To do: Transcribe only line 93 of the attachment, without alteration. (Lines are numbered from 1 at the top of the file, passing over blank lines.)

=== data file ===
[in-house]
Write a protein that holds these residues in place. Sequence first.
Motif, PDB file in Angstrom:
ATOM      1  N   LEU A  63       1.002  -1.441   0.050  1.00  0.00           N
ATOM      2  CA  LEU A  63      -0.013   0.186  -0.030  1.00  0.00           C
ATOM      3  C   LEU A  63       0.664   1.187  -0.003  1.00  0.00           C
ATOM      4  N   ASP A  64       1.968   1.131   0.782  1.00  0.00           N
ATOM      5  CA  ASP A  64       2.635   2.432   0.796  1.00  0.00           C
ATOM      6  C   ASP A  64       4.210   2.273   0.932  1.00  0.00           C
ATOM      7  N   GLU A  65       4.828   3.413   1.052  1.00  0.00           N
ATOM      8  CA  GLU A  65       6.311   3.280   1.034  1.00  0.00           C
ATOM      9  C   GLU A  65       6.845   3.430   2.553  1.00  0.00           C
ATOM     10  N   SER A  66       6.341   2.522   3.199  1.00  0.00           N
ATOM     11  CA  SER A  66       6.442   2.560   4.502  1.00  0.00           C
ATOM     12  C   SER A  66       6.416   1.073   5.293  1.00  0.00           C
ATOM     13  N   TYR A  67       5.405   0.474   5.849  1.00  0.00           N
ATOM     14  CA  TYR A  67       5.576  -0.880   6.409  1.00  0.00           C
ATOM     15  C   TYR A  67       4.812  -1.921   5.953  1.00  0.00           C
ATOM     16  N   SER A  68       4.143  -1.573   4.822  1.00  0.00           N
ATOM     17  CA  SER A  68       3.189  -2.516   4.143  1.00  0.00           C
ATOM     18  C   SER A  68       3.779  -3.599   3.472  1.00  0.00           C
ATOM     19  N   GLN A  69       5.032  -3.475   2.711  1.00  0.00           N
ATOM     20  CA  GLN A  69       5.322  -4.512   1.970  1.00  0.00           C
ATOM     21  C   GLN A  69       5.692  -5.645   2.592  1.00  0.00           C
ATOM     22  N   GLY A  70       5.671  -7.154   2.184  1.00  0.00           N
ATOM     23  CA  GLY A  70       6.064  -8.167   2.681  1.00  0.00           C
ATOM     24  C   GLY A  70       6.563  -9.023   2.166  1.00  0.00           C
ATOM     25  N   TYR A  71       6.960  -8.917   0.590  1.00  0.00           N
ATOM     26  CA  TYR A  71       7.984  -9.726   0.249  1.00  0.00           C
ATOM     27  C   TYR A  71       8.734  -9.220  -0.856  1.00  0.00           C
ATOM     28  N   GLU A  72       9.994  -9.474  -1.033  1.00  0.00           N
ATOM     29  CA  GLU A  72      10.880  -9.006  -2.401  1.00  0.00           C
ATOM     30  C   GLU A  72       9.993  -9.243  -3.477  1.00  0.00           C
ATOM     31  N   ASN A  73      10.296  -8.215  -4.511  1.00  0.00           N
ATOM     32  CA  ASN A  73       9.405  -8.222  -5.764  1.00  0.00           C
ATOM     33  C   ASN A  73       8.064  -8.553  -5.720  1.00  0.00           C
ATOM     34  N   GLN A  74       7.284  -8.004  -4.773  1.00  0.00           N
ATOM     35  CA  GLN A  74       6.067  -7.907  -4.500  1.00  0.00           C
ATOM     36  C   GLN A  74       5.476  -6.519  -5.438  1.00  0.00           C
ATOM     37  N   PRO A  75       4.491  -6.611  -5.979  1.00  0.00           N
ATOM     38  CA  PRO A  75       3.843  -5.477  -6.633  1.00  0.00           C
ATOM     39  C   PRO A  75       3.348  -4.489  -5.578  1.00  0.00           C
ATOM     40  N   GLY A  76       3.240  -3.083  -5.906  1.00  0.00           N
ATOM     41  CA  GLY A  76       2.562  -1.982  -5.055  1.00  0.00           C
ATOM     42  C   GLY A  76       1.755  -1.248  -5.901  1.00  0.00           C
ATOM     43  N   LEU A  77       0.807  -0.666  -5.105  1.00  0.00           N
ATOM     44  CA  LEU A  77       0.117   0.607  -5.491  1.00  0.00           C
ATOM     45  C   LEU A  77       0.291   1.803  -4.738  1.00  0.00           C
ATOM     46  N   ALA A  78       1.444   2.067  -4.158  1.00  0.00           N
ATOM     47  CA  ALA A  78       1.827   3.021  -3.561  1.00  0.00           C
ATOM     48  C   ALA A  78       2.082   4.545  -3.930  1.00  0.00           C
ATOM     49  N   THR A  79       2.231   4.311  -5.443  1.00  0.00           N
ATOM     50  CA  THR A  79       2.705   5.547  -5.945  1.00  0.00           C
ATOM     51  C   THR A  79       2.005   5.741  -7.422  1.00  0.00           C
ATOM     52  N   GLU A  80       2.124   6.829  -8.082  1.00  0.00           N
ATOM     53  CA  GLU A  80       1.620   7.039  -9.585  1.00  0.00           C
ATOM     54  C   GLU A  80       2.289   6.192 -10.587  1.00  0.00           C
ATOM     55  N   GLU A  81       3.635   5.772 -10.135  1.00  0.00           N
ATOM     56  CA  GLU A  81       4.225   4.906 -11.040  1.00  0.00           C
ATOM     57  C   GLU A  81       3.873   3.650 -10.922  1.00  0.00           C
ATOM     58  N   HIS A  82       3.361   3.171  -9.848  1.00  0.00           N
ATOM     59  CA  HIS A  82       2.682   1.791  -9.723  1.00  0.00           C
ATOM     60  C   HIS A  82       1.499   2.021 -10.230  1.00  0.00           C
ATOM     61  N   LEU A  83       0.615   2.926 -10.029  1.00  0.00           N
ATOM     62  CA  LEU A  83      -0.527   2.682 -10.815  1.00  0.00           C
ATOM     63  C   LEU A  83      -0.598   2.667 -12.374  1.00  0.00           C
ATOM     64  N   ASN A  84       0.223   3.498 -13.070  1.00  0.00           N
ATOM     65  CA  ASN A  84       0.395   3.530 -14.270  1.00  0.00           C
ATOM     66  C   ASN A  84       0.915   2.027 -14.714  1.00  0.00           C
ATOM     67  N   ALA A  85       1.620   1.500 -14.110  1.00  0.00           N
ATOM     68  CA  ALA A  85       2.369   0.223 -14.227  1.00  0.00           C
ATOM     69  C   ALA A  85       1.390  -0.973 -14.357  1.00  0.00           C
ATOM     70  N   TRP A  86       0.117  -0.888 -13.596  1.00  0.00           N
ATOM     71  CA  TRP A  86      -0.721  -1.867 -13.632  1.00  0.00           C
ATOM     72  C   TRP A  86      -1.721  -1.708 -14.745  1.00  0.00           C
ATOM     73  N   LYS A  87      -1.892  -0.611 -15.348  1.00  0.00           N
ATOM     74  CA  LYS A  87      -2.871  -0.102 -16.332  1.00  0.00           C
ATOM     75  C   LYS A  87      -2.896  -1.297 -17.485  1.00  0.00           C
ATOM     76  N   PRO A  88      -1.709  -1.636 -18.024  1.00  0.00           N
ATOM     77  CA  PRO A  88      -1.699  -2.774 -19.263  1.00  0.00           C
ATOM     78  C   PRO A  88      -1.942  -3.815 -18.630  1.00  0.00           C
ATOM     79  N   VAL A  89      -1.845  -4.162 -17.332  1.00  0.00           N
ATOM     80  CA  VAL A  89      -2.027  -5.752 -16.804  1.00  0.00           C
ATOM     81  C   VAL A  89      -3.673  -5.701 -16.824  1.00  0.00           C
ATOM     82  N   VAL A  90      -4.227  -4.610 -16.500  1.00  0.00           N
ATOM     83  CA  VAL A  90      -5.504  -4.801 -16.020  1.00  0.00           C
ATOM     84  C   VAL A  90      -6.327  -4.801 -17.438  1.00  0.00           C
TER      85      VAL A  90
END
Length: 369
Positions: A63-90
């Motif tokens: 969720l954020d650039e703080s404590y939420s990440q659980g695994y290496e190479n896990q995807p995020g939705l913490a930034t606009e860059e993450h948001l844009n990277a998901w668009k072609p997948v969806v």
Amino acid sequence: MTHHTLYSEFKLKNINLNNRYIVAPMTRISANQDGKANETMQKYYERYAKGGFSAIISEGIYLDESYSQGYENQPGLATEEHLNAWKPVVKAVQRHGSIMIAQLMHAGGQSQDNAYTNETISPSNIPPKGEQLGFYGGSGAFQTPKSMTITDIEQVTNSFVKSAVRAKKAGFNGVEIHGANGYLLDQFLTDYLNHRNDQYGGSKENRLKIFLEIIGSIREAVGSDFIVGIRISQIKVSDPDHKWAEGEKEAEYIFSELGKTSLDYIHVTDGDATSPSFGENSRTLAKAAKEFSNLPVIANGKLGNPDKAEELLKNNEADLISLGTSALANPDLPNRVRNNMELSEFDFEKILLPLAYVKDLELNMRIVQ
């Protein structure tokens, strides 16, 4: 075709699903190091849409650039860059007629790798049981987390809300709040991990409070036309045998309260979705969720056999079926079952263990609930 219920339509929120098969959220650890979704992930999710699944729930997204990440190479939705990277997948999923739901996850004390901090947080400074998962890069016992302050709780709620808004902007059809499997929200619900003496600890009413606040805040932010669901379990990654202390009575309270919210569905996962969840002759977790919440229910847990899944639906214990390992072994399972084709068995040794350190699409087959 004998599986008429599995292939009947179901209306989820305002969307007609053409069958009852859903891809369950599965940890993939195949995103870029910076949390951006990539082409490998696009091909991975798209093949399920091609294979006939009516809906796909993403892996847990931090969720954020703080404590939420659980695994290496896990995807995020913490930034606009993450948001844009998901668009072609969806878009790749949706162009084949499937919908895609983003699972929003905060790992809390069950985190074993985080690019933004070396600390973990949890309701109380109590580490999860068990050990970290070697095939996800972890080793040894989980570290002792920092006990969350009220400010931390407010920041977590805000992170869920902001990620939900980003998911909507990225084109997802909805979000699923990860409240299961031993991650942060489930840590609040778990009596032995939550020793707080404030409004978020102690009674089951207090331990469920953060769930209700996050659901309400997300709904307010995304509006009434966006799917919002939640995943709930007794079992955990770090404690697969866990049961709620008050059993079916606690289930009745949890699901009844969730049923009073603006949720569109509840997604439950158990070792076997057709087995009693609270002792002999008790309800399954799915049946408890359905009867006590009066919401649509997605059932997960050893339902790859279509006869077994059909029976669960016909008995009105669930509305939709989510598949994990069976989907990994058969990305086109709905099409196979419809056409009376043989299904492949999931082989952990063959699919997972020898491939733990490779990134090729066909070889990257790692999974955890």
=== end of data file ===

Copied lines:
Amino acid sequence: MTHHTLYSEFKLKNINLNNRYIVAPMTRISANQDGKANETMQKYYERYAKGGFSAIISEGIYLDESYSQGYENQPGLATEEHLNAWKPVVKAVQRHGSIMIAQLMHAGGQSQDNAYTNETISPSNIPPKGEQLGFYGGSGAFQTPKSMTITDIEQVTNSFVKSAVRAKKAGFNGVEIHGANGYLLDQFLTDYLNHRNDQYGGSKENRLKIFLEIIGSIREAVGSDFIVGIRISQIKVSDPDHKWAEGEKEAEYIFSELGKTSLDYIHVTDGDATSPSFGENSRTLAKAAKEFSNLPVIANGKLGNPDKAEELLKNNEADLISLGTSALANPDLPNRVRNNMELSEFDFEKILLPLAYVKDLELNMRIVQ